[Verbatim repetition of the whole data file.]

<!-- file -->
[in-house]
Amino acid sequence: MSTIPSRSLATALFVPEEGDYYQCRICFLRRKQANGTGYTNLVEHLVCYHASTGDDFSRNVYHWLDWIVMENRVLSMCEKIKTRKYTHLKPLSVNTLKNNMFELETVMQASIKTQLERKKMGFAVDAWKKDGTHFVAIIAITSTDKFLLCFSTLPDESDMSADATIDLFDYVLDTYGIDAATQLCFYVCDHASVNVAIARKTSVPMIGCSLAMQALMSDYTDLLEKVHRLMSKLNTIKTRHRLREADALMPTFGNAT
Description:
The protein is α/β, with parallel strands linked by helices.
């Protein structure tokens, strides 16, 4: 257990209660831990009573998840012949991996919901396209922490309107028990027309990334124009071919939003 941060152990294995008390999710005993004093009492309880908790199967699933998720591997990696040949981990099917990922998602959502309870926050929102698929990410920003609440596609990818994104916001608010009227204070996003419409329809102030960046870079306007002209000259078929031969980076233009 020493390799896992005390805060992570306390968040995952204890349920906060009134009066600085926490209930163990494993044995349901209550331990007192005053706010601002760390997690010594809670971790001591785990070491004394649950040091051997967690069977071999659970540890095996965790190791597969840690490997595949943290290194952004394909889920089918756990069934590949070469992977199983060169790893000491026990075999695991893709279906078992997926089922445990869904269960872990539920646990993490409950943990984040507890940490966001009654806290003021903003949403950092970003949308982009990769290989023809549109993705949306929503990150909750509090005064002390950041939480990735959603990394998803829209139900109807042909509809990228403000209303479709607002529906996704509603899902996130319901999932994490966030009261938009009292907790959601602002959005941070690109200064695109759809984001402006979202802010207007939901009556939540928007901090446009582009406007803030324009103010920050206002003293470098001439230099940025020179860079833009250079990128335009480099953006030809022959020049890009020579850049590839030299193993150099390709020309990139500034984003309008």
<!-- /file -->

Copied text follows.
[in-house]
Amino acid sequence: MSTIPSRSLATALFVPEEGDYYQCRICFLRRKQANGTGYTNLVEHLVCYHASTGDDFSRNVYHWLDWIVMENRVLSMCEKIKTRKYTHLKPLSVNTLKNNMFELETVMQASIKTQLERKKMGFAVDAWKKDGTHFVAIIAITSTDKFLLCFSTLPDESDMSADATIDLFDYVLDTYGIDAATQLCFYVCDHASVNVAIARKTSVPMIGCSLAMQALMSDYTDLLEKVHRLMSKLNTIKTRHRLREADALMPTFGNAT
Description:
The protein is α/β, with parallel strands linked by helices.
């Protein structure tokens, strides 16, 4: 257990209660831990009573998840012949991996919901396209922490309107028990027309990334124009071919939003 941060152990294995008390999710005993004093009492309880908790199967699933998720591997990696040949981990099917990922998602959502309870926050929102698929990410920003609440596609990818994104916001608010009227204070996003419409329809102030960046870079306007002209000259078929031969980076233009 020493390799896992005390805060992570306390968040995952204890349920906060009134009066600085926490209930163990494993044995349901209550331990007192005053706010601002760390997690010594809670971790001591785990070491004394649950040091051997967690069977071999659970540890095996965790190791597969840690490997595949943290290194952004394909889920089918756990069934590949070469992977199983060169790893000491026990075999695991893709279906078992997926089922445990869904269960872990539920646990993490409950943990984040507890940490966001009654806290003021903003949403950092970003949308982009990769290989023809549109993705949306929503990150909750509090005064002390950041939480990735959603990394998803829209139900109807042909509809990228403000209303479709607002529906996704509603899902996130319901999932994490966030009261938009009292907790959601602002959005941070690109200064695109759809984001402006979202802010207007939901009556939540928007901090446009582009406007803030324009103010920050206002003293470098001439230099940025020179860079833009250079990128335009480099953006030809022959020049890009020579850049590839030299193993150099390709020309990139500034984003309008």